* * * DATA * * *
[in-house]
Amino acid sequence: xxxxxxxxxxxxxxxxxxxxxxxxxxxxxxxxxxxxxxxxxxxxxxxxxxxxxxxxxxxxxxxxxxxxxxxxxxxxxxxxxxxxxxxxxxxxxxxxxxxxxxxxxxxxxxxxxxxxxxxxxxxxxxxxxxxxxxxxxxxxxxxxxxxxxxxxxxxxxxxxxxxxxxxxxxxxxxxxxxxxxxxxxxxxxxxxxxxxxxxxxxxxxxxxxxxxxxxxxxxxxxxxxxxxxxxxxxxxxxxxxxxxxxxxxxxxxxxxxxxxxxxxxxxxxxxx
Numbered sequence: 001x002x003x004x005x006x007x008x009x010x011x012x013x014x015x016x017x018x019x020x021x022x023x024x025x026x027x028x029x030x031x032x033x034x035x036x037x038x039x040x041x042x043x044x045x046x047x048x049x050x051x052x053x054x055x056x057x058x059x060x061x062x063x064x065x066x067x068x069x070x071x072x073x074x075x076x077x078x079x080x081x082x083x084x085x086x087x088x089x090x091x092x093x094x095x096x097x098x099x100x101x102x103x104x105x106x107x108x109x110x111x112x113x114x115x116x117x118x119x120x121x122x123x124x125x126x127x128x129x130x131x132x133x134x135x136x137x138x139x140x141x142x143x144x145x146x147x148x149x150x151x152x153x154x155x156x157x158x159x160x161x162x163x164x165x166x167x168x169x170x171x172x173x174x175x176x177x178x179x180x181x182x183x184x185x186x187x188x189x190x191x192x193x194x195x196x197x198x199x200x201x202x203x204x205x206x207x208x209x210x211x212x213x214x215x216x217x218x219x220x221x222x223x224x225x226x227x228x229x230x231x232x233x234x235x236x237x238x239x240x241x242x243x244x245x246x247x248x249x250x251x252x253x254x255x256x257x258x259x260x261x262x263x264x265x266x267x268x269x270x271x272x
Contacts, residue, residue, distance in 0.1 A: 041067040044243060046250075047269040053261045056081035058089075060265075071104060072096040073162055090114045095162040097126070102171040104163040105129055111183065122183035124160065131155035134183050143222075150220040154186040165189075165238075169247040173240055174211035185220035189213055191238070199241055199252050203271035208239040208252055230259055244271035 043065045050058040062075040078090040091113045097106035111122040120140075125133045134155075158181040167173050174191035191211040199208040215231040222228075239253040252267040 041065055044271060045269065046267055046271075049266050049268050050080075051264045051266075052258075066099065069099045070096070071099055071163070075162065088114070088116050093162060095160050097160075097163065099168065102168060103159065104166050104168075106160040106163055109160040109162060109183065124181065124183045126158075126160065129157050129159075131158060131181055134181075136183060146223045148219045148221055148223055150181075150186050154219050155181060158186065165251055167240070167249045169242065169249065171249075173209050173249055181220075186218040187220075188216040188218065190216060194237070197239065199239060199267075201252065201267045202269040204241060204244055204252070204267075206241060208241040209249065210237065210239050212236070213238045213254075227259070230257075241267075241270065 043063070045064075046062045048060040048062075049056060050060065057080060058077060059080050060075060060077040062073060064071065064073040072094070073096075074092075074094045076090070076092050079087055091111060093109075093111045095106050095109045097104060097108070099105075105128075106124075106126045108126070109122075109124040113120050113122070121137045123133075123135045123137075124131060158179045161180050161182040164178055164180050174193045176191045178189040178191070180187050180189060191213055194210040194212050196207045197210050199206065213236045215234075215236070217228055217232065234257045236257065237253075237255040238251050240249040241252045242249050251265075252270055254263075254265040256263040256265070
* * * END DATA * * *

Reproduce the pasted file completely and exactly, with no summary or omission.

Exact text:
[in-house]
Amino acid sequence: xxxxxxxxxxxxxxxxxxxxxxxxxxxxxxxxxxxxxxxxxxxxxxxxxxxxxxxxxxxxxxxxxxxxxxxxxxxxxxxxxxxxxxxxxxxxxxxxxxxxxxxxxxxxxxxxxxxxxxxxxxxxxxxxxxxxxxxxxxxxxxxxxxxxxxxxxxxxxxxxxxxxxxxxxxxxxxxxxxxxxxxxxxxxxxxxxxxxxxxxxxxxxxxxxxxxxxxxxxxxxxxxxxxxxxxxxxxxxxxxxxxxxxxxxxxxxxxxxxxxxxxxxxxxxxxx
Numbered sequence: 001x002x003x004x005x006x007x008x009x010x011x012x013x014x015x016x017x018x019x020x021x022x023x024x025x026x027x028x029x030x031x032x033x034x035x036x037x038x039x040x041x042x043x044x045x046x047x048x049x050x051x052x053x054x055x056x057x058x059x060x061x062x063x064x065x066x067x068x069x070x071x072x073x074x075x076x077x078x079x080x081x082x083x084x085x086x087x088x089x090x091x092x093x094x095x096x097x098x099x100x101x102x103x104x105x106x107x108x109x110x111x112x113x114x115x116x117x118x119x120x121x122x123x124x125x126x127x128x129x130x131x132x133x134x135x136x137x138x139x140x141x142x143x144x145x146x147x148x149x150x151x152x153x154x155x156x157x158x159x160x161x162x163x164x165x166x167x168x169x170x171x172x173x174x175x176x177x178x179x180x181x182x183x184x185x186x187x188x189x190x191x192x193x194x195x196x197x198x199x200x201x202x203x204x205x206x207x208x209x210x211x212x213x214x215x216x217x218x219x220x221x222x223x224x225x226x227x228x229x230x231x232x233x234x235x236x237x238x239x240x241x242x243x244x245x246x247x248x249x250x251x252x253x254x255x256x257x258x259x260x261x262x263x264x265x266x267x268x269x270x271x272x
Contacts, residue, residue, distance in 0.1 A: 041067040044243060046250075047269040053261045056081035058089075060265075071104060072096040073162055090114045095162040097126070102171040104163040105129055111183065122183035124160065131155035134183050143222075150220040154186040165189075165238075169247040173240055174211035185220035189213055191238070199241055199252050203271035208239040208252055230259055244271035 043065045050058040062075040078090040091113045097106035111122040120140075125133045134155075158181040167173050174191035191211040199208040215231040222228075239253040252267040 041065055044271060045269065046267055046271075049266050049268050050080075051264045051266075052258075066099065069099045070096070071099055071163070075162065088114070088116050093162060095160050097160075097163065099168065102168060103159065104166050104168075106160040106163055109160040109162060109183065124181065124183045126158075126160065129157050129159075131158060131181055134181075136183060146223045148219045148221055148223055150181075150186050154219050155181060158186065165251055167240070167249045169242065169249065171249075173209050173249055181220075186218040187220075188216040188218065190216060194237070197239065199239060199267075201252065201267045202269040204241060204244055204252070204267075206241060208241040209249065210237065210239050212236070213238045213254075227259070230257075241267075241270065 043063070045064075046062045048060040048062075049056060050060065057080060058077060059080050060075060060077040062073060064071065064073040072094070073096075074092075074094045076090070076092050079087055091111060093109075093111045095106050095109045097104060097108070099105075105128075106124075106126045108126070109122075109124040113120050113122070121137045123133075123135045123137075124131060158179045161180050161182040164178055164180050174193045176191045178189040178191070180187050180189060191213055194210040194212050196207045197210050199206065213236045215234075215236070217228055217232065234257045236257065237253075237255040238251050240249040241252045242249050251265075252270055254263075254265040256263040256265070